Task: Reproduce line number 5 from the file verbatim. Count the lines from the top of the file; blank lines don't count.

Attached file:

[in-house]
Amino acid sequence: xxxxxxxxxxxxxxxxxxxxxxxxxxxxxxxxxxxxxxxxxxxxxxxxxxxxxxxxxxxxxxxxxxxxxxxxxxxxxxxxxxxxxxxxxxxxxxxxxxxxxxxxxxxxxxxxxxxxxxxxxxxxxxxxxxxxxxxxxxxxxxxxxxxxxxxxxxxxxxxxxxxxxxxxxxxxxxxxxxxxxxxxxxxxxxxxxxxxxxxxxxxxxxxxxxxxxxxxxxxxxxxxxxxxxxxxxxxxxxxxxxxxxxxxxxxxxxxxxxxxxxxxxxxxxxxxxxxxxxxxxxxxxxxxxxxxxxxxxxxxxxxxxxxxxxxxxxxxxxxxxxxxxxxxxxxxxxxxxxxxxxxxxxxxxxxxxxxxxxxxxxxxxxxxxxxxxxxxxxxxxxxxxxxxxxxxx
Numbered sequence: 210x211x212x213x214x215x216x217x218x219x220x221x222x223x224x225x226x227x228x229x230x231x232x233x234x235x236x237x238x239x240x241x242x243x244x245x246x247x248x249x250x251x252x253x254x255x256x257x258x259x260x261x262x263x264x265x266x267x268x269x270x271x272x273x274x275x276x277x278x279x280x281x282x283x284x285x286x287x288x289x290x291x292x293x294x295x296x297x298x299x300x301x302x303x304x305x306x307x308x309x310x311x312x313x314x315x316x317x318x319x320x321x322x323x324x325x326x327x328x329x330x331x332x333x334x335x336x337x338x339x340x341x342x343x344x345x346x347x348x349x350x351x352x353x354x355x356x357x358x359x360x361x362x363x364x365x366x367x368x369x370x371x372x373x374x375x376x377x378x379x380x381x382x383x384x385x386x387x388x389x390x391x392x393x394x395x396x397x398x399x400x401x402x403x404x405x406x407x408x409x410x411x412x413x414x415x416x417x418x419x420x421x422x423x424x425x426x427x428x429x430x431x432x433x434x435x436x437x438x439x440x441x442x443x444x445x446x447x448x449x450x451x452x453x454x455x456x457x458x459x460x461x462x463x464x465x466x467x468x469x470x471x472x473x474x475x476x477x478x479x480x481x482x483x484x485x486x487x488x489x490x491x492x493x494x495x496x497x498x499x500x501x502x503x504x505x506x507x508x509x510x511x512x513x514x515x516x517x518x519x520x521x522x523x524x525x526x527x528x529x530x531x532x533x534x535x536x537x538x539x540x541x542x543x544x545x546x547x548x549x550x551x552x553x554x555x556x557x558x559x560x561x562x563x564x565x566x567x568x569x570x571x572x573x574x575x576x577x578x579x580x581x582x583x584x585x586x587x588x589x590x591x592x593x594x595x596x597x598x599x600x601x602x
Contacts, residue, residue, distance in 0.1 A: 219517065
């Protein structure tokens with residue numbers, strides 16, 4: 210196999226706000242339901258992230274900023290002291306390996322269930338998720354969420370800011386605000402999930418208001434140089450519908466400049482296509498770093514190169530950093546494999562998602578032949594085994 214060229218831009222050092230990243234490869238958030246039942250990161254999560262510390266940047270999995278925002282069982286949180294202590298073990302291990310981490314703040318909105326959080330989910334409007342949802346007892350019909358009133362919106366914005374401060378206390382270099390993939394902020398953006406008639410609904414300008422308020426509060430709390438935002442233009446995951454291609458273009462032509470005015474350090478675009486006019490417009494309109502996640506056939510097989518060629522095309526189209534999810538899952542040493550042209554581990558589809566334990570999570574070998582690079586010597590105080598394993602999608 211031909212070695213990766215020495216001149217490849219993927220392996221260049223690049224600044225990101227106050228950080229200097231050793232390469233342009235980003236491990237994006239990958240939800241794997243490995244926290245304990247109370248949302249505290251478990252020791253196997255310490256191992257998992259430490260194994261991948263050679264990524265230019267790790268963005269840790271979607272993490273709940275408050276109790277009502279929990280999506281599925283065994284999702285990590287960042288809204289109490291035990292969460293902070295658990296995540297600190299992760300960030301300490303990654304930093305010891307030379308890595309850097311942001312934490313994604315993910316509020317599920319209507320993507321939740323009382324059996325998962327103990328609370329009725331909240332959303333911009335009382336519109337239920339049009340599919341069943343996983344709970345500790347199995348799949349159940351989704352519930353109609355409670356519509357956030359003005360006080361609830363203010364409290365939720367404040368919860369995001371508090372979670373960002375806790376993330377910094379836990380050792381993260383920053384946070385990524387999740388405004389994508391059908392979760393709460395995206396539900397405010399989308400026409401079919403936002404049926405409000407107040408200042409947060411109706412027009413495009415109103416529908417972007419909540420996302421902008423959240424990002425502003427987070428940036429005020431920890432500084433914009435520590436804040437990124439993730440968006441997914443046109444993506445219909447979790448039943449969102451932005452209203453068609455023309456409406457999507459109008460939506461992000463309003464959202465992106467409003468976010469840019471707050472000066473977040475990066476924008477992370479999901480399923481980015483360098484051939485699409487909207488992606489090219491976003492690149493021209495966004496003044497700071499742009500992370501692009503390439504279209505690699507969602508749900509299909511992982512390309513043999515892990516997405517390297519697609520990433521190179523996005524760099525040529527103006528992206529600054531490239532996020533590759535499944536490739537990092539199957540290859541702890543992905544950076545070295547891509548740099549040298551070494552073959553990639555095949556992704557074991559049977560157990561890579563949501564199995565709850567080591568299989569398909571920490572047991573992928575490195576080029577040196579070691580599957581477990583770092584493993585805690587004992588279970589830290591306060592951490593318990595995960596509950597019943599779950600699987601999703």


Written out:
């Protein structure tokens with residue numbers, strides 16, 4: 210196999226706000242339901258992230274900023290002291306390996322269930338998720354969420370800011386605000402999930418208001434140089450519908466400049482296509498770093514190169530950093546494999562998602578032949594085994 214060229218831009222050092230990243234490869238958030246039942250990161254999560262510390266940047270999995278925002282069982286949180294202590298073990302291990310981490314703040318909105326959080330989910334409007342949802346007892350019909358009133362919106366914005374401060378206390382270099390993939394902020398953006406008639410609904414300008422308020426509060430709390438935002442233009446995951454291609458273009462032509470005015474350090478675009486006019490417009494309109502996640506056939510097989518060629522095309526189209534999810538899952542040493550042209554581990558589809566334990570999570574070998582690079586010597590105080598394993602999608 211031909212070695213990766215020495216001149217490849219993927220392996221260049223690049224600044225990101227106050228950080229200097231050793232390469233342009235980003236491990237994006239990958240939800241794997243490995244926290245304990247109370248949302249505290251478990252020791253196997255310490256191992257998992259430490260194994261991948263050679264990524265230019267790790268963005269840790271979607272993490273709940275408050276109790277009502279929990280999506281599925283065994284999702285990590287960042288809204289109490291035990292969460293902070295658990296995540297600190299992760300960030301300490303990654304930093305010891307030379308890595309850097311942001312934490313994604315993910316509020317599920319209507320993507321939740323009382324059996325998962327103990328609370329009725331909240332959303333911009335009382336519109337239920339049009340599919341069943343996983344709970345500790347199995348799949349159940351989704352519930353109609355409670356519509357956030359003005360006080361609830363203010364409290365939720367404040368919860369995001371508090372979670373960002375806790376993330377910094379836990380050792381993260383920053384946070385990524387999740388405004389994508391059908392979760393709460395995206396539900397405010399989308400026409401079919403936002404049926405409000407107040408200042409947060411109706412027009413495009415109103416529908417972007419909540420996302421902008423959240424990002425502003427987070428940036429005020431920890432500084433914009435520590436804040437990124439993730440968006441997914443046109444993506445219909447979790448039943449969102451932005452209203453068609455023309456409406457999507459109008460939506461992000463309003464959202465992106467409003468976010469840019471707050472000066473977040475990066476924008477992370479999901480399923481980015483360098484051939485699409487909207488992606489090219491976003492690149493021209495966004496003044497700071499742009500992370501692009503390439504279209505690699507969602508749900509299909511992982512390309513043999515892990516997405517390297519697609520990433521190179523996005524760099525040529527103006528992206529600054531490239532996020533590759535499944536490739537990092539199957540290859541702890543992905544950076545070295547891509548740099549040298551070494552073959553990639555095949556992704557074991559049977560157990561890579563949501564199995565709850567080591568299989569398909571920490572047991573992928575490195576080029577040196579070691580599957581477990583770092584493993585805690587004992588279970589830290591306060592951490593318990595995960596509950597019943599779950600699987601999703």